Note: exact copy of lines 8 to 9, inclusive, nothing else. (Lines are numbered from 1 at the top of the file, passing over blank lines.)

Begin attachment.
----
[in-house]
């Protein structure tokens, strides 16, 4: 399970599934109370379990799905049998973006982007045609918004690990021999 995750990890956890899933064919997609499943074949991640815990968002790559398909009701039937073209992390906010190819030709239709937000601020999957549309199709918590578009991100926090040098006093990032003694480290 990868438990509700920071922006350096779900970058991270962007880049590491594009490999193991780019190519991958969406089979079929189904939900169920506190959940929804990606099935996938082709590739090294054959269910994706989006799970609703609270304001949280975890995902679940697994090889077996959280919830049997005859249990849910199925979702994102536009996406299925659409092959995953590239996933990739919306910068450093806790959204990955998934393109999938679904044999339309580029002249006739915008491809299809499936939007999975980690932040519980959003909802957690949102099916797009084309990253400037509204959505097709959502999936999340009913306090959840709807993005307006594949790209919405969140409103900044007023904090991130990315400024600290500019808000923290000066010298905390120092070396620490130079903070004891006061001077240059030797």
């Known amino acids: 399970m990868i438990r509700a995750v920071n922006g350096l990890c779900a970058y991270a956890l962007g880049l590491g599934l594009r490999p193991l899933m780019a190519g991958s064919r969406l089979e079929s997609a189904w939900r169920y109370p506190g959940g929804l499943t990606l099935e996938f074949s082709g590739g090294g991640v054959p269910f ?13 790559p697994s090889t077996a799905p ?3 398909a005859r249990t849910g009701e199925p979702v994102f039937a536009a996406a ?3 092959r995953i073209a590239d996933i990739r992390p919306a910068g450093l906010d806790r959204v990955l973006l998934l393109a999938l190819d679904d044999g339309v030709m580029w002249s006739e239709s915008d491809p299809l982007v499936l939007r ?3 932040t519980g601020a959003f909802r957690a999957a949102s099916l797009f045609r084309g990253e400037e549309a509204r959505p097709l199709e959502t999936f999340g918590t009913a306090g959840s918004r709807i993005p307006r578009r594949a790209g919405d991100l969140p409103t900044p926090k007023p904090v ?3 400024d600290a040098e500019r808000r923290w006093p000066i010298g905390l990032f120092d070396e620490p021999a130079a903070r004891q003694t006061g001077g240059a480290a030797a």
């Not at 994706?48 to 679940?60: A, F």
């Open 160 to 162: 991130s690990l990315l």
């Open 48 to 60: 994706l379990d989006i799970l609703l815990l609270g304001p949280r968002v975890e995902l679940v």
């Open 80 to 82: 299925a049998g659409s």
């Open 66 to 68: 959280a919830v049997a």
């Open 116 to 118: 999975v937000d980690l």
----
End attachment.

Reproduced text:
């Open 66 to 68: 959280a919830v049997a």
């Open 116 to 118: 999975v937000d980690l």